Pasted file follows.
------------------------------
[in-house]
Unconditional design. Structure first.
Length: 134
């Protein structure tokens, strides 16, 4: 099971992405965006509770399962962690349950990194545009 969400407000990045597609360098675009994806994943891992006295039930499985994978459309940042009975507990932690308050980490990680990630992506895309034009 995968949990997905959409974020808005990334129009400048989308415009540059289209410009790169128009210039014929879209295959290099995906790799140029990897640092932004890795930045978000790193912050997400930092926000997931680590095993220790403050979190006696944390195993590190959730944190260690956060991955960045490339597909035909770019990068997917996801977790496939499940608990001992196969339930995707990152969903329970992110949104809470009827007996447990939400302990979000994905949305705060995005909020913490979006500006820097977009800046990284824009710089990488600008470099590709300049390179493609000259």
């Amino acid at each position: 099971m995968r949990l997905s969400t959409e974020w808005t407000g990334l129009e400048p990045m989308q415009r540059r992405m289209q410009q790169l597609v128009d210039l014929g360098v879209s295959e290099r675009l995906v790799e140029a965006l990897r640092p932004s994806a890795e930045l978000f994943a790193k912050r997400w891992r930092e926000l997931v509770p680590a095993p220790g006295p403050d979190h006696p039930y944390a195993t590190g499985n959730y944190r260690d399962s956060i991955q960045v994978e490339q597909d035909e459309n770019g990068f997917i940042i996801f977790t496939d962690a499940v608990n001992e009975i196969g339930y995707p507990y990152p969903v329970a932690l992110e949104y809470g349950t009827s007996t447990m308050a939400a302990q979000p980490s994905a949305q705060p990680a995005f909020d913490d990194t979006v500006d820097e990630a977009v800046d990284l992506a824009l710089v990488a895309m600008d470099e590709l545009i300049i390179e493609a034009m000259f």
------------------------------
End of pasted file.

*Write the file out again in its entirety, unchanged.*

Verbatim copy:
[in-house]
Unconditional design. Structure first.
Length: 134
């Protein structure tokens, strides 16, 4: 099971992405965006509770399962962690349950990194545009 969400407000990045597609360098675009994806994943891992006295039930499985994978459309940042009975507990932690308050980490990680990630992506895309034009 995968949990997905959409974020808005990334129009400048989308415009540059289209410009790169128009210039014929879209295959290099995906790799140029990897640092932004890795930045978000790193912050997400930092926000997931680590095993220790403050979190006696944390195993590190959730944190260690956060991955960045490339597909035909770019990068997917996801977790496939499940608990001992196969339930995707990152969903329970992110949104809470009827007996447990939400302990979000994905949305705060995005909020913490979006500006820097977009800046990284824009710089990488600008470099590709300049390179493609000259």
């Amino acid at each position: 099971m995968r949990l997905s969400t959409e974020w808005t407000g990334l129009e400048p990045m989308q415009r540059r992405m289209q410009q790169l597609v128009d210039l014929g360098v879209s295959e290099r675009l995906v790799e140029a965006l990897r640092p932004s994806a890795e930045l978000f994943a790193k912050r997400w891992r930092e926000l997931v509770p680590a095993p220790g006295p403050d979190h006696p039930y944390a195993t590190g499985n959730y944190r260690d399962s956060i991955q960045v994978e490339q597909d035909e459309n770019g990068f997917i940042i996801f977790t496939d962690a499940v608990n001992e009975i196969g339930y995707p507990y990152p969903v329970a932690l992110e949104y809470g349950t009827s007996t447990m308050a939400a302990q979000p980490s994905a949305q705060p990680a995005f909020d913490d990194t979006v500006d820097e990630a977009v800046d990284l992506a824009l710089v990488a895309m600008d470099e590709l545009i300049i390179e493609a034009m000259f």